In the end, the campaign wised up and came up with “No on 105. Not safe. Not just. Not Oregon.” Succinct slogans are very effective and pack punch. By saying “not Oregon,” the campaign also positioned No on 105 as a key part of the state’s resistance against the Trump agenda.

Ballot Measure 106

The Measure 106 sought to end public funding on abortion procedures. In addition to defunding organizations such as Planned Parenthood, it could have prevented Oregon Health Plan and public employees’ health insurance plans from paying for abortions.

Yes on 106: Oregon Right to Life

 

 

 

 

 

The Yes on 106 campaign has an excellent design on its advertising. Among all the ballot measure campaign ads this year, I think this one has the best design.

The consistent use of white letters against light blue creates high visibility and ready public recognition. The stylized letters 106 prominently occupies the center of most law signs and billboards, with the italicized word “yes” in the middle. The light blue (#0075cf) is decidedly a “feminine” color, and for the pro-life Roman Catholics (the sizable portion of its support base), it evokes the imagery of Virgin Mary (whose iconography generally features her in a light blue mantle). According to Catholic publication Aleteia, the blue symbolizes “transcendence, mystery, and the divine.”

The design also features a heart symbol, which is an universal visual language of love.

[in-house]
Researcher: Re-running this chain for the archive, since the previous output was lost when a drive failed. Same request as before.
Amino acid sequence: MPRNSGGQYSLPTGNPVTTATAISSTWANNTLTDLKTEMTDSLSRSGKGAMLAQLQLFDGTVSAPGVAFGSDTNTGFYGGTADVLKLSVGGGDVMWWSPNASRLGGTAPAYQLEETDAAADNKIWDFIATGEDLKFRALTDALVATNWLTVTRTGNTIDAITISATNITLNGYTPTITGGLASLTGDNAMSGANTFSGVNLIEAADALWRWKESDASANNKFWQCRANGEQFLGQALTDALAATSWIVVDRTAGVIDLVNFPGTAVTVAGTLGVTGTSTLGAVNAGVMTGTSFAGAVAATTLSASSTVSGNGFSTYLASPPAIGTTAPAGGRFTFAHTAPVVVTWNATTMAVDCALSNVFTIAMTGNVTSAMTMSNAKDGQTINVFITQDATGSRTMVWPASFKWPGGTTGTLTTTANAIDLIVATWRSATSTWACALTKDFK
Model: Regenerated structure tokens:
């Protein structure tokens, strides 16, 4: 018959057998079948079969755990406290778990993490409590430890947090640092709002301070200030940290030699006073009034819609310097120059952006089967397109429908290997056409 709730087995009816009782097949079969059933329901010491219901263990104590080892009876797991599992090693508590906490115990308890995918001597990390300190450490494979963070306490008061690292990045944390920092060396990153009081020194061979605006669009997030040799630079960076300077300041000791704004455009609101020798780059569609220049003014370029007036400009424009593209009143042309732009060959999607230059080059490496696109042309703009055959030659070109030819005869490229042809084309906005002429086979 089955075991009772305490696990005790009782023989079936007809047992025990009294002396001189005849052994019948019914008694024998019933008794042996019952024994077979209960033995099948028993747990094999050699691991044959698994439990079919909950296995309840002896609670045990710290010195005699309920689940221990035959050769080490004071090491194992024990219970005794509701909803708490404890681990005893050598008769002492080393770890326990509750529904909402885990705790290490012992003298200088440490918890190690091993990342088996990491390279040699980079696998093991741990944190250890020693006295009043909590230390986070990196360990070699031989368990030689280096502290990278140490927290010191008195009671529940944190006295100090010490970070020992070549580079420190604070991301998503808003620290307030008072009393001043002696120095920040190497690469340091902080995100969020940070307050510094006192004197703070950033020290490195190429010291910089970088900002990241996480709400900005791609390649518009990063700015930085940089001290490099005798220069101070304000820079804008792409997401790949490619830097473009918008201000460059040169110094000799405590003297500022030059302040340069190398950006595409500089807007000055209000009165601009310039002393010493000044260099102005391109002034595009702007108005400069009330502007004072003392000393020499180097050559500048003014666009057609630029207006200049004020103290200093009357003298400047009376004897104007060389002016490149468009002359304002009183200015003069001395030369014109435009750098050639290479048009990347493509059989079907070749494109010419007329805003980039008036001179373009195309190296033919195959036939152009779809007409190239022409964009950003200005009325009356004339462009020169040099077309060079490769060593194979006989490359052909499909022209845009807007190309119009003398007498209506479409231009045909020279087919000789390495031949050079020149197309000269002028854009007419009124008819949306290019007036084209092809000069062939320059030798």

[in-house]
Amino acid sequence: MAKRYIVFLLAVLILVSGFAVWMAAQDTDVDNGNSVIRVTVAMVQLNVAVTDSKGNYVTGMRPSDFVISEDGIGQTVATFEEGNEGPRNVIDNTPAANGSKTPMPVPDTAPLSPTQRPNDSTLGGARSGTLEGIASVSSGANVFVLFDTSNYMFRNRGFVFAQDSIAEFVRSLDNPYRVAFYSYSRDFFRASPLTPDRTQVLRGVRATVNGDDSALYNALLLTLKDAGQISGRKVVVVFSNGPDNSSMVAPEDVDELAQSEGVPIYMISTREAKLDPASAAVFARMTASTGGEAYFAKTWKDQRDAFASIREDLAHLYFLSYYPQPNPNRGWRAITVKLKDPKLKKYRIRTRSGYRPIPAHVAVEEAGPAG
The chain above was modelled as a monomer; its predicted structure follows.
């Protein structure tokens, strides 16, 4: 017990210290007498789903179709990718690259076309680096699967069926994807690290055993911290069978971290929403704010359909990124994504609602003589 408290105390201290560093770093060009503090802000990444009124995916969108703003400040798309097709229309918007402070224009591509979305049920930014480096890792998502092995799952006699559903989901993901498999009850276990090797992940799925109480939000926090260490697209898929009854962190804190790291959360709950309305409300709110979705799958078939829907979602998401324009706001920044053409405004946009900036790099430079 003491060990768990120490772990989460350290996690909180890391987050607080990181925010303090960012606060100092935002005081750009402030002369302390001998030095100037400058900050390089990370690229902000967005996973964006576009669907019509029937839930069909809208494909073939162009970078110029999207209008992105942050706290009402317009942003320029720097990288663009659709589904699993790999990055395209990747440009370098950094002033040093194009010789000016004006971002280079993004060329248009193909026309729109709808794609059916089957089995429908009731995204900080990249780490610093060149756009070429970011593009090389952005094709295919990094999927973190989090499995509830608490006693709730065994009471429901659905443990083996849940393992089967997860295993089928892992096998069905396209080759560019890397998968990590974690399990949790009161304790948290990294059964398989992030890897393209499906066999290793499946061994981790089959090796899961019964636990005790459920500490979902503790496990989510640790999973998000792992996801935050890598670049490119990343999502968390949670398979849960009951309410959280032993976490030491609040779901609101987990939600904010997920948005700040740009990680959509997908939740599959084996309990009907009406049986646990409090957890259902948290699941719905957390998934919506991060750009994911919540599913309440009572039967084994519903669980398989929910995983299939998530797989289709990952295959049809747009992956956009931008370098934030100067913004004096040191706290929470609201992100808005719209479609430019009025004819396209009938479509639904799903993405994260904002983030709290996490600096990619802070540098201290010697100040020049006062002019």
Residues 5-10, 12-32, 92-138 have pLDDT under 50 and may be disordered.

The slogan, “Your money, your choice” is a very clever one, turning the popular perception of pro-life movement as “anti-choice” upside down. The message behind this slogan is that taxpayers with religious conscience are forcibly compelled to subsidize something their faith cannot allow. The merit of such an argument aside, the idea that voting yes on 106 is about “your choice” (and thus your freedom) is a potent one. (As an aside, I wonder if some voters were inadvertently misled into thinking that Yes on 106 is the “pro-choice” side and thus supporting women’s right to abortion. This is something I will probably never find out, but I am curious if there was a deceptive intent behind this slogan.)

No on 106: Planned Parenthood Advocates of Oregon, et al.

no106webNo-Cuts-to-Care-measure-106-rgb-outlines

The No on 106 used the slogan, “No cuts to care.” The underlying message is that Measure 106 was about healthcare, not about abortion. It was “reproductive freedom,” not abortion.

Choice of words is always very important in branding and marketing. When the opponents call abortion a murder, shifting the language to “care” (as in healthcare, but also the implicit connotation of care as nurturing) also shifted the perception from death to life.

Likewise, the clear messaging here communicates what was at stake: cuts to healthcare if you are receiving state-funded plans, whether you are on the low-income Oregon Health Plan or if you are a government employee.

The visuals are dominated by two shades of purple (#9e1f63 and #201b6d), colors that historically are associated with feminism. In a typical visual language of brands, purple is often associated with creativity, artsiness, and imagination.

Like Yes on 106, the design is high-contrast, but it uses bold, all-capital typeface. If Yes on 106‘s light-blue brand communicates one version of femininity, the No on 106 brand does a vastly different version of it: bold, strong women standing up for their freedom.

As such was the case with Measure 105, the campaign rode the anti-Trump resistance wave. Interestingly, the number of No on 106 voters (1,140,034 or 64.45 percent) and No on 105 voters (1,115,709 or 63.31 percent) are very close.